Published: 08:00, 17 May 2013
| Updated: 14:36, 17 May 2013
Marlowe Theatre, Canterbury
In order to complete the trio of Tchaikovsky's works following on from his triumphant adaptions of Swan Lake and The Nutcracker!, Matthew Bourne is now on tour with Sleeping Beauty – A Gothic Romance.
Ballet veterans and those new to ballet alike, will not be disappointed with this absolutely spectacular production.
Not the most famous of the three and in fact, from what I have previously seen, more of a show piece than a story telling device, Bourne has had to slightly re-imagine the story of Sleeping Beauty in order to do what he does best – tell a magical story through dance.
Using their bodies in a way that doesn’t seem possible to explain unspoken feelings and emotions, these incredible dancers, backed up by Lez Brotherston’s stunning sets and exquisite costumes, draw the audience into their fairytale world and allow a couple of hours of escapism to a world of “happily ever after”.
Bourne’s eerie new gothic fairytale tackles the traditional themes you would expect from Sleeping Beauty and the main story is basically the same as you would imagine.
However, he has added a more supernatural side to this love story and brought it up to date with less classical ballet, a more feisty heroine, hints of modern dance and stunning interpretive dance. Having famously turned the Swans in Swan Lake into an all male cast, he has now added vampires to the story of Sleeping Beauty, giving it a new lease of life.
The story begins in the year that it was originally performed as a ballet, 1890. The King and Queen, unable to have a child of their own, are gifted a baby by Carabosse, the dark fairy. 21 years later, during her coming of age party, she begins to fall for Leo – the Royal Gamekeeper. However, having not been rewarded for her kindness to the King and Queen, Carabosse promises revenge and curses Princess Aurora.
As the princess slips into a 100 year sleep, Leo is left bereft and heart broken. The only option? To be made immortal by one of the vampires and wait for the next 100 years for her to wake. When she awakes from his kiss, Leo is tricked as he is replaced by Carabosse’s son, Caradoc who plans to marry her. But worry not, as in all fairy tales, there is a happy ending.
Each and every dancer on stage was spectacular and every move seemed effortless. However, the stars of the show for me were Tom Jackson Greaves as Carabosse/ Caradoc, Ashley Shaw as Princess Aurora and Chris Trenfield as Leo the Game Keeper.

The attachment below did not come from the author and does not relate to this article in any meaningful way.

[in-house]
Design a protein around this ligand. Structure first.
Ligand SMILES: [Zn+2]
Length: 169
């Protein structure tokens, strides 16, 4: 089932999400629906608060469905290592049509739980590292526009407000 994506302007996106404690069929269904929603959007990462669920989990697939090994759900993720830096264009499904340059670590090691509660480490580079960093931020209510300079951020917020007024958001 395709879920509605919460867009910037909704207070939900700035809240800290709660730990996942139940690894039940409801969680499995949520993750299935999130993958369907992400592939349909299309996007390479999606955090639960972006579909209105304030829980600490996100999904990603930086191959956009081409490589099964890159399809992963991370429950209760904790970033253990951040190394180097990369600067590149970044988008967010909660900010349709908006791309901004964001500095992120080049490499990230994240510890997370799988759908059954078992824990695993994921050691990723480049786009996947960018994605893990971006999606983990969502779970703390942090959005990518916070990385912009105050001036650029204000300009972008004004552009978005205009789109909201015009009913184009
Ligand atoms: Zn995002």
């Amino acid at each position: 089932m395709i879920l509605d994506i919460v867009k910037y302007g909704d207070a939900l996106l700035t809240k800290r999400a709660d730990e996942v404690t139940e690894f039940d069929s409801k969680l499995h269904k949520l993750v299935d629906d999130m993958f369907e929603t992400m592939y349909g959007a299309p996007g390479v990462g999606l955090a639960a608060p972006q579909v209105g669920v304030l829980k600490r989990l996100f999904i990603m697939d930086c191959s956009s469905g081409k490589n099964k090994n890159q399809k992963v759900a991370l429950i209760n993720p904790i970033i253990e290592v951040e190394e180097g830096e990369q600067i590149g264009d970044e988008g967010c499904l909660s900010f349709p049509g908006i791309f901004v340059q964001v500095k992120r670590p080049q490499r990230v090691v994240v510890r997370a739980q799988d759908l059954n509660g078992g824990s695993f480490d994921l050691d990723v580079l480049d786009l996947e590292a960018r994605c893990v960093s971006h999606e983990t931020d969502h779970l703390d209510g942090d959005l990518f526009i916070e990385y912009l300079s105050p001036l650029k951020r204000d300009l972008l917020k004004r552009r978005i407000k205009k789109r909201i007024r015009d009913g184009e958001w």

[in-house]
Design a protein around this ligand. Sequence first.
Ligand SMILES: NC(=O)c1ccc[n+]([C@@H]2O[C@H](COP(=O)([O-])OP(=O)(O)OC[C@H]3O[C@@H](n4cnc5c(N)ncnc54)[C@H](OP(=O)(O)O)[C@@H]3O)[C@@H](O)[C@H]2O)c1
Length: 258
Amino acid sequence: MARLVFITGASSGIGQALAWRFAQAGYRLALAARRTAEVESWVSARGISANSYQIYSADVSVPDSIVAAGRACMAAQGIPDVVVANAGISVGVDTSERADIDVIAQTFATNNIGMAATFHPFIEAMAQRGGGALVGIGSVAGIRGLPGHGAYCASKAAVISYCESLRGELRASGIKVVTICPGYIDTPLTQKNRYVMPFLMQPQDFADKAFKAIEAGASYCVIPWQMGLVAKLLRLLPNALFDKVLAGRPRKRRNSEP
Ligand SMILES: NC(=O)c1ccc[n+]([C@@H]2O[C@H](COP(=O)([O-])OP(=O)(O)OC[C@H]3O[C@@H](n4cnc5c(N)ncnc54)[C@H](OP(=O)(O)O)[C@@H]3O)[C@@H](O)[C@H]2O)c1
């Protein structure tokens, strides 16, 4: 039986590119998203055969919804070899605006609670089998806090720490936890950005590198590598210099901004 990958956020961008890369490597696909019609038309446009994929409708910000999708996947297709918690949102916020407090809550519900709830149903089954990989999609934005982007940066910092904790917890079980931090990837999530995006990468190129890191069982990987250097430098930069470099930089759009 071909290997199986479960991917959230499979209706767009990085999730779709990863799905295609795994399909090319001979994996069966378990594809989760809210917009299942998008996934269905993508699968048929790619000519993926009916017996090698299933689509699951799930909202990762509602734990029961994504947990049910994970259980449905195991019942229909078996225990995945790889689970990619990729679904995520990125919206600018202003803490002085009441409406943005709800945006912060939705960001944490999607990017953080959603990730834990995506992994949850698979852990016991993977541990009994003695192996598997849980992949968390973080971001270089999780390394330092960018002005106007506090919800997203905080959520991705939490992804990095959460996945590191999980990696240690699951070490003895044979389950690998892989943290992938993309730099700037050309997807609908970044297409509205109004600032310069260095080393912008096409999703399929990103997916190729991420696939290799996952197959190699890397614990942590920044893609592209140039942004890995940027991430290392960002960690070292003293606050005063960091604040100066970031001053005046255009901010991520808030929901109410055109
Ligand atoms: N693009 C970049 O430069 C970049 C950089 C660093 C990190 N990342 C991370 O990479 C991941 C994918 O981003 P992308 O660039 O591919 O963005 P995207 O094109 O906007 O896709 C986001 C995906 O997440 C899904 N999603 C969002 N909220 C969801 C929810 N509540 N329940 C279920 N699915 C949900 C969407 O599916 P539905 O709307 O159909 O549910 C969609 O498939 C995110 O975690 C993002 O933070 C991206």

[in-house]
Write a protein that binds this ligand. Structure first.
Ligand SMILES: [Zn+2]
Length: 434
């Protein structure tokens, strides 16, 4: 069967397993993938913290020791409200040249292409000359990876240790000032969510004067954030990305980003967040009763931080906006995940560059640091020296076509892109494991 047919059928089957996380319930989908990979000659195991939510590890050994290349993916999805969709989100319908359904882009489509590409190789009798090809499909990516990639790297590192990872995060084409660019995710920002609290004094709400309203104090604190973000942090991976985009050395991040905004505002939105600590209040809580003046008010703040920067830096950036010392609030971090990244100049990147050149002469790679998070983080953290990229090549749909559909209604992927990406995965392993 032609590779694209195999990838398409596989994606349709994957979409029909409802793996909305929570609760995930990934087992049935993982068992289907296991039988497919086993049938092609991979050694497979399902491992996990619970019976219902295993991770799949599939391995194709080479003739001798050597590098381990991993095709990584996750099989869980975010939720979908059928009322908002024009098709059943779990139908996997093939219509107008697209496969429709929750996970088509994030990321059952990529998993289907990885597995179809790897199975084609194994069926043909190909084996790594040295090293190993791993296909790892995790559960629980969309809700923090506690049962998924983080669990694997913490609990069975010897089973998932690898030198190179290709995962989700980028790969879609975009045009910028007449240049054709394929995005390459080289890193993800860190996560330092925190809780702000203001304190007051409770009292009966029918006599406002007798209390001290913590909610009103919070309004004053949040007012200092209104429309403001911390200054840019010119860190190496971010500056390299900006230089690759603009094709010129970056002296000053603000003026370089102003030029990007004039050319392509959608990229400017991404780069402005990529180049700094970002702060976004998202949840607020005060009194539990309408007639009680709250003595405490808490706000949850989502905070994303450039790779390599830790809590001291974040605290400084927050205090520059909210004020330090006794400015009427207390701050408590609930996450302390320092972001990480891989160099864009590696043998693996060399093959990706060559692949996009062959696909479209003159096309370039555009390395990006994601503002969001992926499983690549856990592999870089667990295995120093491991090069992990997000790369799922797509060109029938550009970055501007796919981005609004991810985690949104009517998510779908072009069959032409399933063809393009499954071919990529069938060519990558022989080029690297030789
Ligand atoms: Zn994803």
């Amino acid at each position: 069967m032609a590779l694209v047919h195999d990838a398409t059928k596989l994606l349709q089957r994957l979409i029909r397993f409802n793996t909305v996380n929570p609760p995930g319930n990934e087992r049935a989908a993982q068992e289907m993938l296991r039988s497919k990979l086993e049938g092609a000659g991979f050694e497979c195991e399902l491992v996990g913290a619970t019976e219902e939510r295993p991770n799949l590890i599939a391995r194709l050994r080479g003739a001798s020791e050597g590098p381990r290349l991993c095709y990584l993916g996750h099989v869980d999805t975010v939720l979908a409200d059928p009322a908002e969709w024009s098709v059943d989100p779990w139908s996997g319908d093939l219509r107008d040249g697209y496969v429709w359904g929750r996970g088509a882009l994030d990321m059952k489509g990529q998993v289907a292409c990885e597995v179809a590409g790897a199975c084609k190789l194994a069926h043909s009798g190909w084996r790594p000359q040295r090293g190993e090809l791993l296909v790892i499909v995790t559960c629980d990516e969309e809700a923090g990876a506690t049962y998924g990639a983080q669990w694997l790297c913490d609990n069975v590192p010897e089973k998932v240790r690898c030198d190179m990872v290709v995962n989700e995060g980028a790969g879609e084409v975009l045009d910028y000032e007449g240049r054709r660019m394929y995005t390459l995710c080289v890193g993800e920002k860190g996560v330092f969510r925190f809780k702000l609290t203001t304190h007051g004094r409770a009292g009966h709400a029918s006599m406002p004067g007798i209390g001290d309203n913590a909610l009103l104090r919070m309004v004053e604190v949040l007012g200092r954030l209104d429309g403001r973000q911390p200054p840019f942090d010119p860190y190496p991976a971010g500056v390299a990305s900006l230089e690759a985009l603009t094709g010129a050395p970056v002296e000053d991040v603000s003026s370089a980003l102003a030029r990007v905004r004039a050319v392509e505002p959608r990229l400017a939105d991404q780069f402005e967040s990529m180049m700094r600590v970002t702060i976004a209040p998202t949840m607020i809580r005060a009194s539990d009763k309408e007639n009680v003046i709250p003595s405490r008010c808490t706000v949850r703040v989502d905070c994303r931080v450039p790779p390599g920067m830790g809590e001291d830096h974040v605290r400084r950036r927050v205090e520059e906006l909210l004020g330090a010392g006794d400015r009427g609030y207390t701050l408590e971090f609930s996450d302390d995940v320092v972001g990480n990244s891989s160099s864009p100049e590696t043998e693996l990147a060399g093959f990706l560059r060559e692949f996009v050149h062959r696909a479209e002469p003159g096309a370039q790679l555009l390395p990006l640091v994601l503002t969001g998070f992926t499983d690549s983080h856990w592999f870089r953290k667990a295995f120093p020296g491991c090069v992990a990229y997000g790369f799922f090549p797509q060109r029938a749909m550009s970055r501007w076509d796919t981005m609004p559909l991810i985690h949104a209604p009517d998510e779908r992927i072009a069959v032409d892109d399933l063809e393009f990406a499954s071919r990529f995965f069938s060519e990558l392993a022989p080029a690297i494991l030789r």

With endless charisma and oozing evil, Greaves’ performance was completely awe inspiring while the beautiful duets by Shaw and Trenfield as their love grew and they leapt into each others’ arms, felt almost too private and emotional to be watched. The love and pain felt by them was so clear to see in the choreography and was more believable and descriptive than I ever thought a dance could be. How can so much emotion be expressed without a word?
Finally, well worth a mention is the puppet “playing” baby Aurora. Not the usual lifeless doll, it was wonderfully animated by members of the cast creating some very funny moments.
Seamlessly managing to update the dancing to show the travel through time without descending into anything too modern was done successfully but may not be to everybody’s tastes. However, not being what I would call classical ballet, with no pointe work, the dancers often barefoot and up to date costumes, in my opinion, makes this production all the better and more accessible.
Previously, I have seen ballets where the focus is who does the best pirouette, who can leap the highest or whose pointe work is strongest, seemingly without any real regard for the story. However, this is not the case with Bourne’s work. The focus is story telling, immersing the audience in the fairy tale, making them hold their collective breath and becoming completely beholden to the dancers on stage.
I have never felt such an overwhelming urge to get up and cheer at the end of a performance. I didn’t know if there was an etiquette to this at the ballet, but it turned out no one else cared. As the final scene finished, the entire audience erupted and cheered.
I cannot recommend Bourne’s Sleeping Beauty enough and I defy anyone, classical ballet lovers or ballet newbies, not to become completely caught up in the story, the emotions and the marvel of this production.
What’s the best way to do love, lust, desire, devotion, vengeance and vampires? Most definitely and unreservedly, the Bourne way.